Sometimes our memory embellishes a thing, and when we see it again, we wonder, What was the big deal? Well let me assure you, this doesn’t happen with Fraulein Annie lingerie.
I’ve admired this brand for a long time, and Frauke Nagel recently offered me a bra and panty set to review. It took me weeks to make up my mind, but I finally chose the mulberry/slate Falling in Love fuller bust bra in 34F and waist-cinching panty in US size L. They arrived last week.
My memory hadn’t exaggerated the quality and beauty of these pieces, and because the bra fit perfectly this time, I also experienced the exquisite softness of the satin cups and straps. However, it fit best on the tightest hook, so I’ve placed an order for a 32FF to compare the fit, and I will give you my full review after it arrives. On the other hand, I don’t want to delay reviewing the waist-cinching panty because Fraulein Annie shapewear is exactly what some of you will want to wear under your special occasion dresses this summer.
Like Tina Fey, I have Spanx in my lingerie drawer. Mine is the open-bust body suit that combines her two pieces into one. It made my shirts fit better when I was heavier, and it smoothed me out for a couple of weddings. But I hate it. It’s such a letdown to peel off my carefully put-together outer look to come down to this.
Besides being hideous, it goes higher than the sides of my bra, so the edge rubs me raw whenever I reach my arms forward. I thought this was a necessary evil to maintain an uninterrupted plane of smoothness from bra band to shapewear, but thanks to Fraulein Annie, it isn’t.
I measure 16 inches from my bra band to the beginning of my crotch. When I’m wearing the waist-cinching panty, I can easily lay my bra band on top of the waist cincher band. The only skin visible is a little triangle under the center gore of my bra. With the silicone edging around the band, it stays put. All Sunday I kept reaching up to make sure it hadn’t slipped down, but there was no need. It never budged.
The bra and cincher panties worn together are so beautiful that I wish they could be outerwear. As I undressed down to my pearls and Falling in Love cincher panties at the end of the day Sunday, I suddenly understood why the Fraulein Annie trademark is wearing evening gloves with her set–these lingerie pieces are made to be elegantly accessorized.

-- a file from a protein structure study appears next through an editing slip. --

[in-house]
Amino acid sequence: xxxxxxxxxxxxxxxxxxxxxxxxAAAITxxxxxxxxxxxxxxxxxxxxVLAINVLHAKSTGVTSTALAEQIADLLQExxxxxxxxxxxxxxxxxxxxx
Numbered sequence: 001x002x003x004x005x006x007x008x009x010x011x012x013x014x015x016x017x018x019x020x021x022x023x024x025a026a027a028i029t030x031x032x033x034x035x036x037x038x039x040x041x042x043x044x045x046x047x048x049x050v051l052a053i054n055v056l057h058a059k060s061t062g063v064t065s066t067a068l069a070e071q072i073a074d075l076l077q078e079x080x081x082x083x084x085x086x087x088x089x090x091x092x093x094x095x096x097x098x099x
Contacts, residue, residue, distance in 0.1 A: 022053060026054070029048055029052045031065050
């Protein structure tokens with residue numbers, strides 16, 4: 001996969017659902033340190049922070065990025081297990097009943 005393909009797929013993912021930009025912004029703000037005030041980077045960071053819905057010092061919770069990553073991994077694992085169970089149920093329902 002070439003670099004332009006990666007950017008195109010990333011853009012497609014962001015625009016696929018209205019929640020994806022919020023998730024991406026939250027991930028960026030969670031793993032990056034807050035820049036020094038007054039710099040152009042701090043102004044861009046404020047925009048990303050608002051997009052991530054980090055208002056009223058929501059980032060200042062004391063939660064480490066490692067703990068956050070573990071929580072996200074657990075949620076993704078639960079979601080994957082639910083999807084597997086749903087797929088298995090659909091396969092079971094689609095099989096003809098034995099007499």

Besides being beautiful, I know you’re wondering about the function, so let’s begin with hold. Basically, I find it on par with my Spanx. Neither are corsets, so there is no boning that will force you to suck in your stomach, but it takes up to 1.5 inches off my waist. This made a giant difference in the comfort level of a size 6P dress I tried yesterday–when I wore the cincher, the fabric glided over my waist. When I didn’t wear it, the fabric clung.
The experience of gliding vs. clinging reminds me of this interesting tip from The Wardrobe Wakeup by Lois Joy Johnson–an excellent book, by the way:
Wear shapewear as a liner to improve fit. When designers and manufacturers cut costs, linings are the first to go. These silky inner “skins” used to mean quality but now even pricier clothes scrimp on them. Linings do help tailored skirts, dresses, and pants keep their shape, but wearing control garments under inexpensive unlined items provides the same benefits. You don’t need maximum strength shapewear–any silky, light compression piece will help clothes skim over stress points. Shapewear works as a buffer between unlined items and your skin. It prevents sticking and pulling so clothes won’t crease, pull or ride up as you bend and move.
I asked Frauke how she would rate the hold of her shapewear on a scale of 1 to 5, with 5 being the strongest. She said, “I’d give it a 4. Marks & Spencer classify their shapewear in ‘Light, Medium, Strong, Extra Strong’. All my shapewear pieces are Strong.”
As you know, I’m also curious about shapewear’s smoothing effect on my back. The cinching panty didn’t obliterate my bulges, but it definitely helped.
You may also be wondering if the beauty of Fraulein Annie shapewear is also its weakness: will the embellishments show through? If you’re wearing something super thin and sheer, they might, but I was surprised at how little showed through the thinnest, clingiest top I own.
There was, however, a bit of VPL with the blue dress I mentioned above. I attribute it to a combination of the dress being slightly too small and the legs of the panties being very slightly loose on me. My only wish for this panty is a flatter band around the legs with the same silicone edging as is in the waist band.
As far as sizing goes, my waist measures 83 cm, so the US size L is right for me. It is far more comfortable than I expect shapewear to be, though, so I would have considered trying an M if my experience with the Va Bien longline hadn’t already convinced me to err in the direction of a larger size when in doubt. Frauke concurred: “I won’t recommend wearing a smaller size than one that fits well. It would create bulges and would be uncomfortable and irritating. After all, shapewear is to flatten bulges and to give you better proportions. Also, if you are wearing a garment a size too small, the material gets tired faster and it won’t last as long as it should.”
I also asked Frauke how she would recommend wearing panty hose or stockings with the cinching panty, and she advises hold ups in the summer and panty hose in the winter.
I’m absolutely delighted with my mulberry/slate Falling in Love waist-cinching panty, but if you study the Fraulein Annie shapewear options, I know you’ll understand why it took me so long to choose just one. Based on my own experience, I know you’ll be happy with whatever choice you make.